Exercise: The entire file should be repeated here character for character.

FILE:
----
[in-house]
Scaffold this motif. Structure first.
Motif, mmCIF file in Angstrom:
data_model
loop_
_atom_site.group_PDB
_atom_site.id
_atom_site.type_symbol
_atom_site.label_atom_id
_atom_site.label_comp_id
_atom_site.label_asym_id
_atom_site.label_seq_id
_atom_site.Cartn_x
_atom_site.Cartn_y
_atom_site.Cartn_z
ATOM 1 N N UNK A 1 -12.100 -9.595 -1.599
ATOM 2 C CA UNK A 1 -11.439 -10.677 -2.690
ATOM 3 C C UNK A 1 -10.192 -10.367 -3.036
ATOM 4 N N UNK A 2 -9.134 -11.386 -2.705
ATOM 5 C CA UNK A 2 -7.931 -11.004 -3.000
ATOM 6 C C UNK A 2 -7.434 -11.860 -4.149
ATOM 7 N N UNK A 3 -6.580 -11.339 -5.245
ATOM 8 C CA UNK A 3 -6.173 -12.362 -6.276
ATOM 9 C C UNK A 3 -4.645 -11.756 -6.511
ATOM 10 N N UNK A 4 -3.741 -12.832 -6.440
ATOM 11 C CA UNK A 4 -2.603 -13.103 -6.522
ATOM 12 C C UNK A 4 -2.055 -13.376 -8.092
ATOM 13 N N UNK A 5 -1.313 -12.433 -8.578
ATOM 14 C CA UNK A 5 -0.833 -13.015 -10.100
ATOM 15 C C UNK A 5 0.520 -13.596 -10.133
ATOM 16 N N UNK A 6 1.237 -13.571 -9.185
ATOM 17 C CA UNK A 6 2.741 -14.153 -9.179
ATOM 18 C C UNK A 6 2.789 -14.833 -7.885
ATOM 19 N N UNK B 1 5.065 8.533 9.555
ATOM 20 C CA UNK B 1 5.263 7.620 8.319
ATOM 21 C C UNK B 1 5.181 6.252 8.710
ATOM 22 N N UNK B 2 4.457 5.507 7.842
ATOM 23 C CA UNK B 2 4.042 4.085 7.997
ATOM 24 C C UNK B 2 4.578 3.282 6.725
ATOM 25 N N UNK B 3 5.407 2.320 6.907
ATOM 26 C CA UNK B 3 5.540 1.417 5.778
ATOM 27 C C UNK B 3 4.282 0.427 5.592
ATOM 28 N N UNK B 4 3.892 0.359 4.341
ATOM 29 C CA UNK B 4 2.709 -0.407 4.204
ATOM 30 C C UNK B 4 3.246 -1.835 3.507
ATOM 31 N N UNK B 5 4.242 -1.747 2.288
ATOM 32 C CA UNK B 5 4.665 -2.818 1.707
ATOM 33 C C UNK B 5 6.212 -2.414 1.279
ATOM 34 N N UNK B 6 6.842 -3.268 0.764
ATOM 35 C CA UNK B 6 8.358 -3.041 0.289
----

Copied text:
[in-house]
Scaffold this motif. Structure first.
Motif, mmCIF file in Angstrom:
data_model
loop_
_atom_site.group_PDB
_atom_site.id
_atom_site.type_symbol
_atom_site.label_atom_id
_atom_site.label_comp_id
_atom_site.label_asym_id
_atom_site.label_seq_id
_atom_site.Cartn_x
_atom_site.Cartn_y
_atom_site.Cartn_z
ATOM 1 N N UNK A 1 -12.100 -9.595 -1.599
ATOM 2 C CA UNK A 1 -11.439 -10.677 -2.690
ATOM 3 C C UNK A 1 -10.192 -10.367 -3.036
ATOM 4 N N UNK A 2 -9.134 -11.386 -2.705
ATOM 5 C CA UNK A 2 -7.931 -11.004 -3.000
ATOM 6 C C UNK A 2 -7.434 -11.860 -4.149
ATOM 7 N N UNK A 3 -6.580 -11.339 -5.245
ATOM 8 C CA UNK A 3 -6.173 -12.362 -6.276
ATOM 9 C C UNK A 3 -4.645 -11.756 -6.511
ATOM 10 N N UNK A 4 -3.741 -12.832 -6.440
ATOM 11 C CA UNK A 4 -2.603 -13.103 -6.522
ATOM 12 C C UNK A 4 -2.055 -13.376 -8.092
ATOM 13 N N UNK A 5 -1.313 -12.433 -8.578
ATOM 14 C CA UNK A 5 -0.833 -13.015 -10.100
ATOM 15 C C UNK A 5 0.520 -13.596 -10.133
ATOM 16 N N UNK A 6 1.237 -13.571 -9.185
ATOM 17 C CA UNK A 6 2.741 -14.153 -9.179
ATOM 18 C C UNK A 6 2.789 -14.833 -7.885
ATOM 19 N N UNK B 1 5.065 8.533 9.555
ATOM 20 C CA UNK B 1 5.263 7.620 8.319
ATOM 21 C C UNK B 1 5.181 6.252 8.710
ATOM 22 N N UNK B 2 4.457 5.507 7.842
ATOM 23 C CA UNK B 2 4.042 4.085 7.997
ATOM 24 C C UNK B 2 4.578 3.282 6.725
ATOM 25 N N UNK B 3 5.407 2.320 6.907
ATOM 26 C CA UNK B 3 5.540 1.417 5.778
ATOM 27 C C UNK B 3 4.282 0.427 5.592
ATOM 28 N N UNK B 4 3.892 0.359 4.341
ATOM 29 C CA UNK B 4 2.709 -0.407 4.204
ATOM 30 C C UNK B 4 3.246 -1.835 3.507
ATOM 31 N N UNK B 5 4.242 -1.747 2.288
ATOM 32 C CA UNK B 5 4.665 -2.818 1.707
ATOM 33 C C UNK B 5 6.212 -2.414 1.279
ATOM 34 N N UNK B 6 6.842 -3.268 0.764
ATOM 35 C CA UNK B 6 8.358 -3.041 0.289